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Cheese Wiz: Morcella

I have been waiting for this cheese & this moment since last spring…. Let me cordially invite your life into the life of foraged perfection – Morcella.

Handmade by our great friends at Shepherd’s Way Farms, Morcella is a seasonal, soft-ripened sheep milk cheese with local morel mushrooms. Made in small batches with only spring and summer milk, Morcella is a creamy, earthy cheese with a mottled bloomy rind. Like the morel mushrooms it is named for, Morcella is only around for a limited time… this is seriously something you do not want to go with out.

From Penterman Farms out of Thorp, Wisconsin, I introduce Marieke Gouda. This gouda is classified as a “young” gouda and is aged in the traditional Dutch fashion. Aged only for 2-4 months, this cheese made from raw cow’s milk, salt, enzymes, and cultures.  

Creamy, buttery and mild with slightly sweet notes. Pair with peach preserves and toasted almonds, buttery Chardonnay or any farmhouse ale.

Expert, licensed cheesemaker, Marieke Penterman and her team, handcraft traditional Dutch Goudas using the time-tested, Old World, cheesemaking methods Marieke brought with her when she emigrated from the Netherlands. Marieke transforms farmstead-fresh, raw, cow’s milk from her family farm into award-winning cheese, which is then carefully cured on imported Dutch pine planks in temperature and humidity-controlled aging cellars.

Back by popular demand – CHEESE CURDS!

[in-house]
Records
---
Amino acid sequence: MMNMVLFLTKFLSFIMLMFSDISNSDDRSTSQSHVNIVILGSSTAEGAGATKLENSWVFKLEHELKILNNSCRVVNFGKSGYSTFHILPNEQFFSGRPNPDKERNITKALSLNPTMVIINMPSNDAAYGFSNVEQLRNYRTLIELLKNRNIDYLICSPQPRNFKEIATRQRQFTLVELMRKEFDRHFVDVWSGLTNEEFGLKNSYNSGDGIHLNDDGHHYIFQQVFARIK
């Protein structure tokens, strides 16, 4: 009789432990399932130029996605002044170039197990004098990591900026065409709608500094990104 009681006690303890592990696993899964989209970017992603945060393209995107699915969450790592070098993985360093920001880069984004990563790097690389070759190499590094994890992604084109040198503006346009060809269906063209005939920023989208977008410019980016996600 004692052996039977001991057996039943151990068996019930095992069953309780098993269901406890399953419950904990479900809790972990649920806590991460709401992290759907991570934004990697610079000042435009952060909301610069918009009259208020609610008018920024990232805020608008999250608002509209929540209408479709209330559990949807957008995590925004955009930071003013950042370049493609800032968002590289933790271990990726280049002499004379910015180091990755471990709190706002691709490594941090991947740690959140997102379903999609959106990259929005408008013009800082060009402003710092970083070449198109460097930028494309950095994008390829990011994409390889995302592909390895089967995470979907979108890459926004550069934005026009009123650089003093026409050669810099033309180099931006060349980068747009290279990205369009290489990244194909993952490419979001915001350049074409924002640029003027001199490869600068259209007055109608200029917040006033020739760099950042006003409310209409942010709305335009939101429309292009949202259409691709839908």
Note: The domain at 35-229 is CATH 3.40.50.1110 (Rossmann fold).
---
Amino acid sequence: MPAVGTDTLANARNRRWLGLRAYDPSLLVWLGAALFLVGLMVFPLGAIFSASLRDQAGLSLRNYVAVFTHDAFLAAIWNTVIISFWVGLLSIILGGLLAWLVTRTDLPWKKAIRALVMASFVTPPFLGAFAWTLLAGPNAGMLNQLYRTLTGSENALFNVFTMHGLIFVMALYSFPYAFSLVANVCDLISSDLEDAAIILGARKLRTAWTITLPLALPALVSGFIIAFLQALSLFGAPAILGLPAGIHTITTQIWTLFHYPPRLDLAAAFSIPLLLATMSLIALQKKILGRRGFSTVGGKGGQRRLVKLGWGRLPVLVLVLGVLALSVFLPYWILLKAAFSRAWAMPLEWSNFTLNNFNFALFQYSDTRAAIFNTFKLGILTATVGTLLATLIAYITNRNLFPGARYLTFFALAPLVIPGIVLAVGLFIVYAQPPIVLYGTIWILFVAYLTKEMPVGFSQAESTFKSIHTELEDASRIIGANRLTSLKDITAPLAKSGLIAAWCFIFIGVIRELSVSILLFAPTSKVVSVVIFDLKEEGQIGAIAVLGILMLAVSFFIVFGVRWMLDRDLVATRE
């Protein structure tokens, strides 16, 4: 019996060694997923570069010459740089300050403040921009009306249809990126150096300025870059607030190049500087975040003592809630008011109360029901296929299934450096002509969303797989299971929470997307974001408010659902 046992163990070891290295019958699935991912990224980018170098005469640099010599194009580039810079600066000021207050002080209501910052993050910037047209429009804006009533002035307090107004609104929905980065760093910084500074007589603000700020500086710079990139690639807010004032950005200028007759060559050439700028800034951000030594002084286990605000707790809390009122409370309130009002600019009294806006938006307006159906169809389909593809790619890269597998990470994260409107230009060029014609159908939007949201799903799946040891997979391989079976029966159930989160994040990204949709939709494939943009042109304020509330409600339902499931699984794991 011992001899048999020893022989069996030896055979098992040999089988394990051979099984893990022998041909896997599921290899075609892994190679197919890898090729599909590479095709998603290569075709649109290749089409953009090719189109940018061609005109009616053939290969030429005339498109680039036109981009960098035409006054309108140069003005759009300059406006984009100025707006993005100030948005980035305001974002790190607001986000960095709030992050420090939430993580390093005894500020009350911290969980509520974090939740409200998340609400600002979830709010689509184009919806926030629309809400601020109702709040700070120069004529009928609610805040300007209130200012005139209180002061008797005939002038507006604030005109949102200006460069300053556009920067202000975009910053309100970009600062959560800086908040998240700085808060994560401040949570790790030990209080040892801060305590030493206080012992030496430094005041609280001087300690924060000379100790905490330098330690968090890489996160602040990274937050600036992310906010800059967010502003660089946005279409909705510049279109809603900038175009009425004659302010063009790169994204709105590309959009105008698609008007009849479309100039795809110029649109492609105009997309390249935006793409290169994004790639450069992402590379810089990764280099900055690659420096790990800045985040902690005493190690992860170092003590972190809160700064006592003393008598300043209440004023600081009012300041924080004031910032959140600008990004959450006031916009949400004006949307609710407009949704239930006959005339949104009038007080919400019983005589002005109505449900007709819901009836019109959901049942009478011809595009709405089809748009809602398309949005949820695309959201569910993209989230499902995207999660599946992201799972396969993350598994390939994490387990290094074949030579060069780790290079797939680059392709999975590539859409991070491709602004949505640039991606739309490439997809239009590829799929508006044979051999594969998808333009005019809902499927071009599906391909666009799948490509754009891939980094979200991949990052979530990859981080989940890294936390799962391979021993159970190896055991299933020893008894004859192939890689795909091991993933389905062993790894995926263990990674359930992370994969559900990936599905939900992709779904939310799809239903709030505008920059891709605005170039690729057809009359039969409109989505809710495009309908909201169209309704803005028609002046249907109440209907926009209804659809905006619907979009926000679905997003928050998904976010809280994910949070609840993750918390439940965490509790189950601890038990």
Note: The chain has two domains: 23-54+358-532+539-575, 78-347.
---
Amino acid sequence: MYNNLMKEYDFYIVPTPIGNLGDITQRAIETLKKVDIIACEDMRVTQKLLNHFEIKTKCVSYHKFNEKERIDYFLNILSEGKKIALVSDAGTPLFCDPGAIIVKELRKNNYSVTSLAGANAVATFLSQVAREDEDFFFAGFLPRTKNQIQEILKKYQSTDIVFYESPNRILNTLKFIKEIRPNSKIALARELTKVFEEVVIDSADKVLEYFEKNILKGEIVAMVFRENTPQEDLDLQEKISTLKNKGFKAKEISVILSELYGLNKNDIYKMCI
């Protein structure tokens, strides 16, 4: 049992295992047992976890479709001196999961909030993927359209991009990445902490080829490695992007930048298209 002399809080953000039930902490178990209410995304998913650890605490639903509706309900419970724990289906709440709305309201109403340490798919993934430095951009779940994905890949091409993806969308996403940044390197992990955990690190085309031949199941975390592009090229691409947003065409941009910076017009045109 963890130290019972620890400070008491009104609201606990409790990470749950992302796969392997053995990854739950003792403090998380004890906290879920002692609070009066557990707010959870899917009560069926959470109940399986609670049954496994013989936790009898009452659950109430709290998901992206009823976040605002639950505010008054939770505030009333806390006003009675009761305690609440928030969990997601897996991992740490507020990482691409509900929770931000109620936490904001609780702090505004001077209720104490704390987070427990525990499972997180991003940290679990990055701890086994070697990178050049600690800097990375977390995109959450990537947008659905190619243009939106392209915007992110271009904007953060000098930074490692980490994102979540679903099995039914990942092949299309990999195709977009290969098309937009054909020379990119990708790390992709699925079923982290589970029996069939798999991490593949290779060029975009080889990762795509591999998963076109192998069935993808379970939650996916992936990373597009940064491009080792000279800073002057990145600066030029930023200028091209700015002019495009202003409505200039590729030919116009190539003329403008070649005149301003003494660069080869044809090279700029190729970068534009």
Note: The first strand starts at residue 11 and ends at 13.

Eichten’s Hidden Acres cheese curds are sold in 8oz containers for ONLY $4!

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Cheese Wiz: North Fork Whiskey Washed Munster

More cheese from the Land of 10,000 Lakes…

NEW TO US from the redheaded cheesemaker at Redhead Creamery, out of Brooten Minnesota, welcome their French-inspired-with-an-American-twist, North Fork Whiskey Washed Munster!

This American-style Munster is a soft ripened cow’s milk cheese with a washed rind of local whiskey—Panther Distillery’s “Minnesota 14 Whiskey” out of Osakis, Minnesota. This collaborative cheese experience found itself winning 4th place at the Minnesota State Fair in 2017.

Looking past the local achievement and publicity, to the cheese itself, this French-inspired munster has a russet-colored rind with a chalky-white interior. Like many other soft ripened cheeses, this Munster will become more oozy, develop a stronger aroma, and the rind will darken with age.

This farmstead cheese has notes that will remind you of the barnyard it is made in. Creamy, rich, and pungent this cheese pairs well with an array of food: Sweet fruits, such as cherries, pears, plums, and many other stone fruits, as well as rustic breads, such as rye bread with flavors of anise, fennel, and licorice.

This cheese pairs well with many lagers or pilsners, and juicy red wines: pinot noir and Beaujolais (my personal favorite red) as well as sweet white wines: chardonnay, pinot gris, and riesling.

This cheese is best served at room temperature. Leave it out for 20 minutes before diving in!        

We have become familiar with Shepherd’s Way Cheese these last few weeks, most recently the Shepherd’s Hope fresh sheep cheese. Welcome to the case Shepherd’s Hope with garlic & herbs!